By Julie Moore
Save the date of October 15 for a highlight of the North Carolina Native Plant Society, its Annual Fall 2022 Field Trip. It will focus on Longleaf Pine ecosystems of the Sandhills, including the diversity of plants that grow with longleaf pines and management practices needed to sustain these ecosystems. We will visit properties within close proximity in western Moore County in the western Sandhills, that are only open by invitation.
Fall is the time to see the highest number of blooming plants in the Sandhills. Particularly noteworthy are the striking Pinebarren gentian (Gentiana autumnalis), several distinctive sandhills milkweeds including (Asclepias humistrata), blazing stars and gayfeathers, goldenrods, numerous asters and Threadleaf Gerardia (Agalinis setacea).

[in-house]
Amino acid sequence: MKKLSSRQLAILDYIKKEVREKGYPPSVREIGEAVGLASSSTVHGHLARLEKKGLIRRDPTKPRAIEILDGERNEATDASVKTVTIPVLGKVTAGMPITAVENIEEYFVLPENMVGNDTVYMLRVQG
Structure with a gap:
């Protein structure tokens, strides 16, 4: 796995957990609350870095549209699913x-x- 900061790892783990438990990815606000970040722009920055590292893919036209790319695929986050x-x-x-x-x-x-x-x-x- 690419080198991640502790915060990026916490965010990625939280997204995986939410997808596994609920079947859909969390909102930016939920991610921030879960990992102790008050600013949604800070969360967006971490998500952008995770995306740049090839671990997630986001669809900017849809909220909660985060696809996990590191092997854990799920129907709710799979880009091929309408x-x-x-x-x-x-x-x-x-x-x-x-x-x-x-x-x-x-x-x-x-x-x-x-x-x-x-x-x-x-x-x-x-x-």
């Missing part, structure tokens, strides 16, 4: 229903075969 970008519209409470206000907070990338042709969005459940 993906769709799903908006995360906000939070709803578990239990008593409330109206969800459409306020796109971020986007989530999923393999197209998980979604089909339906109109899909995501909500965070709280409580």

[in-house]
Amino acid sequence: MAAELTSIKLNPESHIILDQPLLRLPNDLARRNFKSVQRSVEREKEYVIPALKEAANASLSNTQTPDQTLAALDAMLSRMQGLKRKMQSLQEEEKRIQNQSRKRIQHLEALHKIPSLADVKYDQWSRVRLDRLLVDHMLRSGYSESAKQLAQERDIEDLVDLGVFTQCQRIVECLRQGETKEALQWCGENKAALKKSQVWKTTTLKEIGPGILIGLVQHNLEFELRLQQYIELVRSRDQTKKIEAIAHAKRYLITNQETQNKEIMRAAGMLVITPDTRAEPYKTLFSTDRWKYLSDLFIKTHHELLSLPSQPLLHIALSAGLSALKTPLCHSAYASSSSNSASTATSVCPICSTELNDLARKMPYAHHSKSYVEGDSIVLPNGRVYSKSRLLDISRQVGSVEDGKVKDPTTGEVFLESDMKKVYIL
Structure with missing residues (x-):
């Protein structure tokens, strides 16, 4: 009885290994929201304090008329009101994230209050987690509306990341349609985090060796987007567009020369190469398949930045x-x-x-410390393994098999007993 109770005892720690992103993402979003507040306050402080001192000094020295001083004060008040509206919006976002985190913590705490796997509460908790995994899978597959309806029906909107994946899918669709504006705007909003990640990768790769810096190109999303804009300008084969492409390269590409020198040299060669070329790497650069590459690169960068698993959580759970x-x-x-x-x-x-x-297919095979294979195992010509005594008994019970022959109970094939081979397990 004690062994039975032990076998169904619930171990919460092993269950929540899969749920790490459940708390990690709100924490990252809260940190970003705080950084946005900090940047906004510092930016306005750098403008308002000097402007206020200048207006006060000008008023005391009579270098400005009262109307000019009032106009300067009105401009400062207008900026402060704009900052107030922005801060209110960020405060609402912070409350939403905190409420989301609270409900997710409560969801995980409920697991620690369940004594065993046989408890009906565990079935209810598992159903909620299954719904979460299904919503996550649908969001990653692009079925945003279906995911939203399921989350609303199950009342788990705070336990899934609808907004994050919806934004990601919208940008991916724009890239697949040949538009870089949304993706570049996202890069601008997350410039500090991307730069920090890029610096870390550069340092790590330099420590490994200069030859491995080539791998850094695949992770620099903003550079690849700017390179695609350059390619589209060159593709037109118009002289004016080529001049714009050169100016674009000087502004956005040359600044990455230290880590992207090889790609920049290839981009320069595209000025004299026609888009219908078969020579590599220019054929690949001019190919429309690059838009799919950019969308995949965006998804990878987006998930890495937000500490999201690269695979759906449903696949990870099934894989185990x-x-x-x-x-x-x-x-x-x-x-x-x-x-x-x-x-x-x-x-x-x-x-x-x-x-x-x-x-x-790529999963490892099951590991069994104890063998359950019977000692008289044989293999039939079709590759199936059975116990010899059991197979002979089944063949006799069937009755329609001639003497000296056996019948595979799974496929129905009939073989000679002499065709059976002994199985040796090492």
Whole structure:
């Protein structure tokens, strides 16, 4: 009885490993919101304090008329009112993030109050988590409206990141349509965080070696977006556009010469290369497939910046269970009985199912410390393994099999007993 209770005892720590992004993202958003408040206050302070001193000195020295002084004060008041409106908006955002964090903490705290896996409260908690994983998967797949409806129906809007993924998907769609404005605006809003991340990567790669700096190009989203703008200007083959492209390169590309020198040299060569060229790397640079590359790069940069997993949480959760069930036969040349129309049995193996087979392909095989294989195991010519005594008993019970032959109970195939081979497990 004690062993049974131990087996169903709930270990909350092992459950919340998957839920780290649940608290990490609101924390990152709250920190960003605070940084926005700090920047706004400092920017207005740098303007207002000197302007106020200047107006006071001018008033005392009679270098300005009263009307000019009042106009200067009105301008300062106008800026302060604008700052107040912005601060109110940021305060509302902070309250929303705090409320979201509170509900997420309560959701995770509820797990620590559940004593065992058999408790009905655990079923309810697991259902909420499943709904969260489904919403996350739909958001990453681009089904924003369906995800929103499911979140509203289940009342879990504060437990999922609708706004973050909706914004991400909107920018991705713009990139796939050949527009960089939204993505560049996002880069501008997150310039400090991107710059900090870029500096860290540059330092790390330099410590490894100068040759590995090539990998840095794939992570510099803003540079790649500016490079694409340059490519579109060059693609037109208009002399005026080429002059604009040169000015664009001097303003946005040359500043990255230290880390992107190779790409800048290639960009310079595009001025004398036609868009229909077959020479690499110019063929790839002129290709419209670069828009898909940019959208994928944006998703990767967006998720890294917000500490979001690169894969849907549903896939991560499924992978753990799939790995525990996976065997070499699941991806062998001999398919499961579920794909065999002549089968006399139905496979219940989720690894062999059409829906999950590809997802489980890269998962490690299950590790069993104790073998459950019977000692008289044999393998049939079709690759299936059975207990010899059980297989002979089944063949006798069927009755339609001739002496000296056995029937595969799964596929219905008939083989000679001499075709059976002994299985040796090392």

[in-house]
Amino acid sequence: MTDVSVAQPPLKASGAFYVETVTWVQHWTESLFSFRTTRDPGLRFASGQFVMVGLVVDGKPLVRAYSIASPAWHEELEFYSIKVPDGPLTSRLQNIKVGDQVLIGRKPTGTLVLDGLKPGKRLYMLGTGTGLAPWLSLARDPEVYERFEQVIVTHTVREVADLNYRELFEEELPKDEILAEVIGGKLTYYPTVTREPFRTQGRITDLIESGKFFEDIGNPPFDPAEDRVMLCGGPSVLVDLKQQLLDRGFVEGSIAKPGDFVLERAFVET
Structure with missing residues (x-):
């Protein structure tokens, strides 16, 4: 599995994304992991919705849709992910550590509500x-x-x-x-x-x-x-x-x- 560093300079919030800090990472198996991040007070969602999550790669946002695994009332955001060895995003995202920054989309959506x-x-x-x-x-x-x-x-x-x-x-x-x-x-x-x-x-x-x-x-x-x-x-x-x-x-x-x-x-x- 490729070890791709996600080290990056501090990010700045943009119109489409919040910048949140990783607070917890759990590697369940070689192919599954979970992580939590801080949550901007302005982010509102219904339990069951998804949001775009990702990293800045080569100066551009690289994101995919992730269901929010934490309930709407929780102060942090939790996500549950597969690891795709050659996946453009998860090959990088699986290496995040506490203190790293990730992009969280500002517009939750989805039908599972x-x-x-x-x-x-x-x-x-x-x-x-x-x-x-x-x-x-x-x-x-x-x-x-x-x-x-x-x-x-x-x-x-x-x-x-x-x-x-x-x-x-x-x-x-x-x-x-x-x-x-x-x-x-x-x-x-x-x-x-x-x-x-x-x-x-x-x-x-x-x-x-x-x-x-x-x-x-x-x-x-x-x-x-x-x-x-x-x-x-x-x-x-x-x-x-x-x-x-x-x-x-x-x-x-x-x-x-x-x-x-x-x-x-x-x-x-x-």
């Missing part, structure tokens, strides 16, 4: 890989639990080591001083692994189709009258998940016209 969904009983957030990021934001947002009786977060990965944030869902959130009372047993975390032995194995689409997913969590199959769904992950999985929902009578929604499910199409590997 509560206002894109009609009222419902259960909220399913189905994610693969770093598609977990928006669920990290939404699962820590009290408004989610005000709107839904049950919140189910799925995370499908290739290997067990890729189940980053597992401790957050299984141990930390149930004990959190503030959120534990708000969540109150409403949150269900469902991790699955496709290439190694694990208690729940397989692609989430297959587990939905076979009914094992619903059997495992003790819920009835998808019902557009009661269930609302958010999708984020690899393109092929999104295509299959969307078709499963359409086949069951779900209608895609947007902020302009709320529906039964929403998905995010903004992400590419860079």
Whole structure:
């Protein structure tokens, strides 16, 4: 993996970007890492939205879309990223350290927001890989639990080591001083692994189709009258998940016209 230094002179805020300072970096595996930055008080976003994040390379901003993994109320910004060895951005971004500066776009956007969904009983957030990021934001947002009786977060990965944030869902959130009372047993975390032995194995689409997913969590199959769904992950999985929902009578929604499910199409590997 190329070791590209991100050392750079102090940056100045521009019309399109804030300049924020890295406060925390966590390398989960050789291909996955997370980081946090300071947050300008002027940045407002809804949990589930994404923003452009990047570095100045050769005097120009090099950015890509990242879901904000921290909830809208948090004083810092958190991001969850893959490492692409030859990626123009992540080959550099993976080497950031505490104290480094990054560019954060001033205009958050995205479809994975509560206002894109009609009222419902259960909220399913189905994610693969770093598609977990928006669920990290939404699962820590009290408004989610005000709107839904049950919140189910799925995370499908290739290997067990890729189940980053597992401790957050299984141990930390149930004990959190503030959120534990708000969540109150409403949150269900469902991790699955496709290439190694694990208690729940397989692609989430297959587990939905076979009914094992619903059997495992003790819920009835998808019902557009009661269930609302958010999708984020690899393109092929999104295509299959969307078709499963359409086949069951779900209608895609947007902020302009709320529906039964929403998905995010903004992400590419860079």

Editor’s Note: An annual Fire in the Pines festival at Halyburton Park in Wilmington will be hosted October 8 by The Nature Conservancy, where the public can watch a controlled Longleaf Pine forest burn up close (but not too close). For more information, read the Native Plant News article by Shelagh Clancy, “People Protect Plants: It takes a Fire to Grow a Forest.”
By Julie Moore
Native Plant News – Summer 2022
Julie Moore, botanist and ecologist, is an active member of the Margaret Reid Chapter of the NCNPS (Triangle region.) Julie has a long history of professional and personal involvement in native plant conservation organizations and land trusts in North Carolina and nationally, with a particular interest in longleaf pine ecosystems. Her current project is the Venusflytrapchampions.org to encourage management and conservation of the species.